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An Elegy for DNAinfo, Local Media’s First Responders

DNAinfo reporter Ben Fractenberg speaks to writers, journalists, and labor activists at a protest at City Hall. The site was shut down a week after its employees voted to unionize. (Spencer Platt/Getty Images)

By Danielle Tcholakian

If you haven’t already read about it, on the afternoon of November 2, DNAinfo New York and Chicago, as well as Gothamist and all its sister sites in Chicago, Los Angeles, San Francisco and Washington D.C. were shut down by their owner, billionaire Joe Ricketts, a week after 25 employees in New York voted to join a union. Ricketts had founded DNAinfo in 2009, merging it with the older, more profitable Gothamist sites this spring, shedding staff and catalyzing the union effort.

The end came quickly. One employee returned from the restroom to find that he and all of his colleagues had been fired, and the site’s archive had been removed from the internet. (The archives have since been restored after a public outcry.) Shutting Gothamist and DNAinfo meant 115 people lost their jobs that day.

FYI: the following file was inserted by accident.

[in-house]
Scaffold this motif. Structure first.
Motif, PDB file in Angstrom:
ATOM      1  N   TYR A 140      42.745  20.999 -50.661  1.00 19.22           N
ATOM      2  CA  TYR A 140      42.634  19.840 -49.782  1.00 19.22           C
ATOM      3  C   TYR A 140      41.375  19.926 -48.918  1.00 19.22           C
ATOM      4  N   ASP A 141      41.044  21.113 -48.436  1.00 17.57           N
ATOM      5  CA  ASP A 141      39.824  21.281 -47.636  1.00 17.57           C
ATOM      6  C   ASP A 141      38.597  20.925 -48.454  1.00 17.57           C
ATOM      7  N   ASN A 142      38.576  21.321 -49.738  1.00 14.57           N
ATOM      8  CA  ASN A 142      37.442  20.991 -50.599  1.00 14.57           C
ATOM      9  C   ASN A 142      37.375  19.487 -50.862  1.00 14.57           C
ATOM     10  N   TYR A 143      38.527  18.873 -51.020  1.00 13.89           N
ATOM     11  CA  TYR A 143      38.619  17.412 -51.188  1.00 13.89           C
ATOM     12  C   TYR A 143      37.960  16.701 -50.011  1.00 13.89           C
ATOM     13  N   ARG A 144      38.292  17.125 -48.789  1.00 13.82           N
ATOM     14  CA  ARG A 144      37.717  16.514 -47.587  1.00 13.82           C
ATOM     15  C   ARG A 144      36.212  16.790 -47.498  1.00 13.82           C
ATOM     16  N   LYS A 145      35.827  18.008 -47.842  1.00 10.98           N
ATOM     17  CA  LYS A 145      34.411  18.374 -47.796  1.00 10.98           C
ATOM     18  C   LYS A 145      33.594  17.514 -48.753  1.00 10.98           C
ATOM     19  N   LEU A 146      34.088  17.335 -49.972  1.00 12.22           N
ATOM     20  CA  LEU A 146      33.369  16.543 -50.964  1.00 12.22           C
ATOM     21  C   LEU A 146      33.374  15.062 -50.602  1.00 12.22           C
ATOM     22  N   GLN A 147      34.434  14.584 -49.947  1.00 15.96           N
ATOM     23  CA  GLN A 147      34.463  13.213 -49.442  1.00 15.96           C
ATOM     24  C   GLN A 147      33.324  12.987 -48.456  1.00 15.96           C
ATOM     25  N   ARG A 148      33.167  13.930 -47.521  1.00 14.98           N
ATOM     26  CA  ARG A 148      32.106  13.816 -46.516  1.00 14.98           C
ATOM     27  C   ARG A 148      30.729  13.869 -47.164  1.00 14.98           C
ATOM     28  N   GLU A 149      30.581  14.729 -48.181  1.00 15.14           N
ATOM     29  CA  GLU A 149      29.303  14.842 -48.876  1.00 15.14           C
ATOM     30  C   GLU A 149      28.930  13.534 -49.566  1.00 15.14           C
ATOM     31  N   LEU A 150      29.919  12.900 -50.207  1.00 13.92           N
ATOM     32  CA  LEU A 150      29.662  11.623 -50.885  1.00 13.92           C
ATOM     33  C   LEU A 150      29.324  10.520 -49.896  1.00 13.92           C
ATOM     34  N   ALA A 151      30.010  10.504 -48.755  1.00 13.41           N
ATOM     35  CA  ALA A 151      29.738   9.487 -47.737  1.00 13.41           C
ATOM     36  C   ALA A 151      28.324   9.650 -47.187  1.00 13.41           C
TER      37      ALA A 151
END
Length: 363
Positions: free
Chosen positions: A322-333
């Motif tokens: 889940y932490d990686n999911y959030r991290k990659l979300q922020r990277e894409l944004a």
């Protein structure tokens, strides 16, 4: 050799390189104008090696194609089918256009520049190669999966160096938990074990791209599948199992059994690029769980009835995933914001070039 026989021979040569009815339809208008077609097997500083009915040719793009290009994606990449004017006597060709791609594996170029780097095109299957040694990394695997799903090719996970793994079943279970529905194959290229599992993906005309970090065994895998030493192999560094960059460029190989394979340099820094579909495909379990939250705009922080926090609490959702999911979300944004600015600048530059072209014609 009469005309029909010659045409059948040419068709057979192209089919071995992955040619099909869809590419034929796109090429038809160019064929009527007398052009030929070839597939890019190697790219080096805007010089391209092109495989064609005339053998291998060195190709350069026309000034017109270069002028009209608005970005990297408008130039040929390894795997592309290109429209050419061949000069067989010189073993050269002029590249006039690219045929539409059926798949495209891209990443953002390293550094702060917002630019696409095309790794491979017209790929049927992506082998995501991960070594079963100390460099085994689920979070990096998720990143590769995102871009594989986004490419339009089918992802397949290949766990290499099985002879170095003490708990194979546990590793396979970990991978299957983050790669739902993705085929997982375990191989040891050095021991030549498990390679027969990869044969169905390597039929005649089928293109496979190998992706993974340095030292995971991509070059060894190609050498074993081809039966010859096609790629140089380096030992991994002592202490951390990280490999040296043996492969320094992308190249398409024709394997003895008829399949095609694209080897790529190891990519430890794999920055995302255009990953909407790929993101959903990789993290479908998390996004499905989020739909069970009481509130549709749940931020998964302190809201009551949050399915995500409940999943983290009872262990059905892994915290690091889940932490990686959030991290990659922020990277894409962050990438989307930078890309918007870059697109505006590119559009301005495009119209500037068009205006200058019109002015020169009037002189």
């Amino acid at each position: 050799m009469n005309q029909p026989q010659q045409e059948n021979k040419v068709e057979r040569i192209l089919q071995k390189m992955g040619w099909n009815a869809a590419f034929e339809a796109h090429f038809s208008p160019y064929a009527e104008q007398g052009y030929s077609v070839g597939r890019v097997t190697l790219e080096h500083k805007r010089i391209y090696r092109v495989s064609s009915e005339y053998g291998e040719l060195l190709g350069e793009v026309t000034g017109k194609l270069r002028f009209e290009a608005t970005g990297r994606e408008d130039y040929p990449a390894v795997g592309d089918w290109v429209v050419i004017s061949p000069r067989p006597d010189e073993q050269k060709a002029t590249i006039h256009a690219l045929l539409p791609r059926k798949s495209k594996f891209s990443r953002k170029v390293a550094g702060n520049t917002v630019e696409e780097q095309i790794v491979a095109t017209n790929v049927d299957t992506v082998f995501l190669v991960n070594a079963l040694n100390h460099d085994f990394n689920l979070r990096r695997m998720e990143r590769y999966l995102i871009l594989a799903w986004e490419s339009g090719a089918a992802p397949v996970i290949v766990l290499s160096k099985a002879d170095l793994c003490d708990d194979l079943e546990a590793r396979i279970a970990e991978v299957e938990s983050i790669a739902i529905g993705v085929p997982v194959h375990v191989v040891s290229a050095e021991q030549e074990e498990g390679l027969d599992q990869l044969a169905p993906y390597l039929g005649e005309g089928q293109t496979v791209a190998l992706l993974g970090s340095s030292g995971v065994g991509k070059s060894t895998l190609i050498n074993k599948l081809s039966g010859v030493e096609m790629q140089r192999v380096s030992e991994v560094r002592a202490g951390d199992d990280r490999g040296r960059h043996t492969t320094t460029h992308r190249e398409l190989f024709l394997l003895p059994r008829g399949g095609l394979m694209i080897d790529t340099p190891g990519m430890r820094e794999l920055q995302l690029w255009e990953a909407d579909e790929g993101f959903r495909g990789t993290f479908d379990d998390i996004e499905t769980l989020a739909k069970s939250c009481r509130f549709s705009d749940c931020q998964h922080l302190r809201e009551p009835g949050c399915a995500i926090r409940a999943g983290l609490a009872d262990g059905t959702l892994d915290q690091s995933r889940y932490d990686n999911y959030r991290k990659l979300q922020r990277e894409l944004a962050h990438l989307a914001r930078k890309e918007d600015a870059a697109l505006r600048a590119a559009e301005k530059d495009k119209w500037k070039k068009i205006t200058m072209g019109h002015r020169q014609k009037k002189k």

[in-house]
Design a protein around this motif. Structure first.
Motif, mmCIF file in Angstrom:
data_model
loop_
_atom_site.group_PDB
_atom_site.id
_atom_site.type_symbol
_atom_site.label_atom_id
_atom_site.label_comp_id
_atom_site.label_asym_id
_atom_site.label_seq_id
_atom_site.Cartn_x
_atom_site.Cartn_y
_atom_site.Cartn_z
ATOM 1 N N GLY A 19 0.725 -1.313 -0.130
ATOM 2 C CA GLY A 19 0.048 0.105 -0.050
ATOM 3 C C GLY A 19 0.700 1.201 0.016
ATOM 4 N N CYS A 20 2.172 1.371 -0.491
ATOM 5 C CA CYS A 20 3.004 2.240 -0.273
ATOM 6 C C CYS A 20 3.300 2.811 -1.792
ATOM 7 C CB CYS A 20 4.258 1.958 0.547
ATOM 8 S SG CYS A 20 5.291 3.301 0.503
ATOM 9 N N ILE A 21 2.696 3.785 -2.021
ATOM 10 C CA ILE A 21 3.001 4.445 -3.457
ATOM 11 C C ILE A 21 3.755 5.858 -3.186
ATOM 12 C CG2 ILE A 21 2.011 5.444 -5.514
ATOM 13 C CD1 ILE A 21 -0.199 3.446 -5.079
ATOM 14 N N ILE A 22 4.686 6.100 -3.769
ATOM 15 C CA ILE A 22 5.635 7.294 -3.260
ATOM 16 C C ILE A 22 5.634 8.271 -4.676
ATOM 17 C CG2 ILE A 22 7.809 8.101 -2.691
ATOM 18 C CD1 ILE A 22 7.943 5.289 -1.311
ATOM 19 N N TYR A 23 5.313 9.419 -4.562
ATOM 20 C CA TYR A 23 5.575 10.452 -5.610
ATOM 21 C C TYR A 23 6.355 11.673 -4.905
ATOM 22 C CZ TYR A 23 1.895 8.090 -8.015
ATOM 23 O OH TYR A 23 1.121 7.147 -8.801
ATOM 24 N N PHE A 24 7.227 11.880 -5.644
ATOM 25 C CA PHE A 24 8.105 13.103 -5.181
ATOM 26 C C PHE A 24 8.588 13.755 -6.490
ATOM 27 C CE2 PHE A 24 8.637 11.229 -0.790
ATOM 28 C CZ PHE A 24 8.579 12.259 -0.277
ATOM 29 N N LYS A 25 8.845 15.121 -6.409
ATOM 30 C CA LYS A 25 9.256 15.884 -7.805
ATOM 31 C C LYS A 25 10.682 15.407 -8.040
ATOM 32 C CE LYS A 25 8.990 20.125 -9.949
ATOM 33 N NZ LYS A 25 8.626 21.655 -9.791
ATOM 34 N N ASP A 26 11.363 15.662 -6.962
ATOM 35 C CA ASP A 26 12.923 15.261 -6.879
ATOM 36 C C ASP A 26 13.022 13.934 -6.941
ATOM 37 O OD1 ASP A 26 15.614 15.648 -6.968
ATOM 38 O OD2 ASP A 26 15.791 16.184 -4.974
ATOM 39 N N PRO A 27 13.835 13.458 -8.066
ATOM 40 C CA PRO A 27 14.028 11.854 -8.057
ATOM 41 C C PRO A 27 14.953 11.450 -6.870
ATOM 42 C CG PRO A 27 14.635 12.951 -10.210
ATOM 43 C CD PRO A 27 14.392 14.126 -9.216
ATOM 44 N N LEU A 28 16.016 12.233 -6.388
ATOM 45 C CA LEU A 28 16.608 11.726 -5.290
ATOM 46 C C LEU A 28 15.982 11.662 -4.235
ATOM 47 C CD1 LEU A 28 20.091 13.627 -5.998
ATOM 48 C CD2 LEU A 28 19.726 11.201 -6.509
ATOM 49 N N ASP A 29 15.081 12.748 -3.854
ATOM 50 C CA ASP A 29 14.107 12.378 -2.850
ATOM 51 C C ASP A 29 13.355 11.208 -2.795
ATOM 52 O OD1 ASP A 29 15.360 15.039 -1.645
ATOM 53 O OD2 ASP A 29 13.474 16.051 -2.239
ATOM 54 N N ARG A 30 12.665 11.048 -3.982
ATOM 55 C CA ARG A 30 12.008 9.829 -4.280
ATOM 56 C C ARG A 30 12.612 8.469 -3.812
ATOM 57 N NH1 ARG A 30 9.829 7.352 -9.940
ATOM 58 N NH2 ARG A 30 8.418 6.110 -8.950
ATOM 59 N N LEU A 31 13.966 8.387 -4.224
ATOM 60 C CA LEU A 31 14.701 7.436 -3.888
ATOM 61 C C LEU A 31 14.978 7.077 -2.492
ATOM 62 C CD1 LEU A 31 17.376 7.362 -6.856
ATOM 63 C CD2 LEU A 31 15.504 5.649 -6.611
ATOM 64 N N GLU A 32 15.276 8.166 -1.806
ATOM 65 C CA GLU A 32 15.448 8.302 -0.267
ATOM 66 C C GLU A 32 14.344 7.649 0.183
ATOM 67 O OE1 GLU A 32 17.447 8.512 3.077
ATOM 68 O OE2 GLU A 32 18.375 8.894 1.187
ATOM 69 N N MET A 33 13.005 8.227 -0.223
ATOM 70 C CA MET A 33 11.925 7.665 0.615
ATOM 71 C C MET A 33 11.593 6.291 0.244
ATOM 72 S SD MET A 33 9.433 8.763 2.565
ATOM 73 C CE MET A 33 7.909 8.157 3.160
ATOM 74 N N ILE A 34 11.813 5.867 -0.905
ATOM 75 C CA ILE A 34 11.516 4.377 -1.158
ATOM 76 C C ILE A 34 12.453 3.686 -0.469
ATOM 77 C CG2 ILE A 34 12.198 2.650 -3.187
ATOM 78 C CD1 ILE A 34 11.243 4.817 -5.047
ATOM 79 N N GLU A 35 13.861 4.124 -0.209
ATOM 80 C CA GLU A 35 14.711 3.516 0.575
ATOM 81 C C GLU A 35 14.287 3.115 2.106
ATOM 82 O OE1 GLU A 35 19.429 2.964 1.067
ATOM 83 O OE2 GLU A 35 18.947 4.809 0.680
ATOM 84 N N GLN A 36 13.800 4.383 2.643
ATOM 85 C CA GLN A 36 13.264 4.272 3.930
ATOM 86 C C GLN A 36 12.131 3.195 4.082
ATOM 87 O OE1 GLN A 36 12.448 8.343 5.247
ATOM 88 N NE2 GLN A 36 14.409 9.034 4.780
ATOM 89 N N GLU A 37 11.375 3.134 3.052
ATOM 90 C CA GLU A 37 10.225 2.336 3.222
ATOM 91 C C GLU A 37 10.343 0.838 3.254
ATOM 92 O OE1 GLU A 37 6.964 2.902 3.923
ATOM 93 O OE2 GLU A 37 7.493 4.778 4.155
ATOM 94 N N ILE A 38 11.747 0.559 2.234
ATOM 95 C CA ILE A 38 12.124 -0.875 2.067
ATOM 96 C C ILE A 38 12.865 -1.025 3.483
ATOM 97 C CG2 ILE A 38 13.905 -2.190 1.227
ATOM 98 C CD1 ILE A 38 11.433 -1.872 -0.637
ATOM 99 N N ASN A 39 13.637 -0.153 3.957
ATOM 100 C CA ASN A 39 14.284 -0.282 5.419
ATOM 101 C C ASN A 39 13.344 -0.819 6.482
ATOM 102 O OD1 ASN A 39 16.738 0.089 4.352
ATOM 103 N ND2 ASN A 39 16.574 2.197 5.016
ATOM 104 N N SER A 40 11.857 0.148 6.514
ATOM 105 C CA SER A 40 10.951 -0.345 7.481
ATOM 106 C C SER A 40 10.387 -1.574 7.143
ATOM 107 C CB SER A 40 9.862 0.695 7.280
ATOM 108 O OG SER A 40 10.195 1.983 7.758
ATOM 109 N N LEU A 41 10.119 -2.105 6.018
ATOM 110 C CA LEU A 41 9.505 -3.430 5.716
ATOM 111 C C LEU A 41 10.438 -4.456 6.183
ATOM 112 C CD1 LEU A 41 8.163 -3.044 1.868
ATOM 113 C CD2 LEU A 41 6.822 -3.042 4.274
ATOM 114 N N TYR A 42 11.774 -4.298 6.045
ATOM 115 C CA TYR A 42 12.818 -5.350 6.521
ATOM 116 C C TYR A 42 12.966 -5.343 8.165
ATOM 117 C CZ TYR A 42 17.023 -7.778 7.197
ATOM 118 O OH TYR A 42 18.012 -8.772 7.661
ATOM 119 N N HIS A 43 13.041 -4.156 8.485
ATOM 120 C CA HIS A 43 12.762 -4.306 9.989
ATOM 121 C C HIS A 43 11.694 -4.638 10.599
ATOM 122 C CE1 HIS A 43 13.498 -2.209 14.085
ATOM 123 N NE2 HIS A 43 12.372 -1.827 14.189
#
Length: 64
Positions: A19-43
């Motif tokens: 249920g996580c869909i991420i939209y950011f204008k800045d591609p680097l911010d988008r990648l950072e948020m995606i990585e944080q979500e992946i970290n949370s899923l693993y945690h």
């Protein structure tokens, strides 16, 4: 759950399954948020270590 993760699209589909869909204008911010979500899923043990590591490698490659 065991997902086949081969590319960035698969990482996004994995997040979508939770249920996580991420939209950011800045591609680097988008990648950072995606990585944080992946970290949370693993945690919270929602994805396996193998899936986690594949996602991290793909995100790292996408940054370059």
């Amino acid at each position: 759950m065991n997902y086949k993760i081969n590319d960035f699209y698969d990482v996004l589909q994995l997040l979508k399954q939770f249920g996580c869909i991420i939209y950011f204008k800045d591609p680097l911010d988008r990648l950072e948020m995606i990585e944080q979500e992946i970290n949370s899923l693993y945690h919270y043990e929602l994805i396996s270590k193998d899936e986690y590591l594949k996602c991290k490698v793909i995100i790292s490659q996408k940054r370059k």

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We’re Going Through Hell, and Men Need to Join Us There

(Photo by Drew Angerer/Getty Images)

I know what you’re thinking: Not another sexual harassment post. Bear with me.

I’ve spoken to many women over the past few weeks who feel exhausted by the current news cycle, I count myself among them: the endless onslaught of horrific stories, interspersed with the occasional, extremely bad non-apology.

I know it’s tempting to look away, and it’s fine if you have to; please take care of yourself. It doesn’t make you a bad person or a bad feminist. But it’s important the stories keep coming out, that the issue remains in the public discourse. It feels like we are in a moment of momentum, working our way towards something better, however clumsy, messy, and painful the process can be. It’s a little cheesy, but I keep thinking of the quote often misattributed to Winston Churchill: “If you’re going through hell, keep going.” This momentum feels like hell, and we have to keep going.

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What Makes a Disability Undesirable?

(Ton Koene / VWPics via AP Images)

Who gets to decide if a disability is bad? This is one of the fundamental questions raised by a recent STAT feature on the genetic testing of embryos, which also looks at how that decision is reached. Andrew Joseph follows two women who knowingly pursue a pregnancy with an embryo that has a mutation that would put their child at a higher risk for certain cancers. It was the only viable embryo the couple had, so if they wanted a baby they didn’t have much of a choice.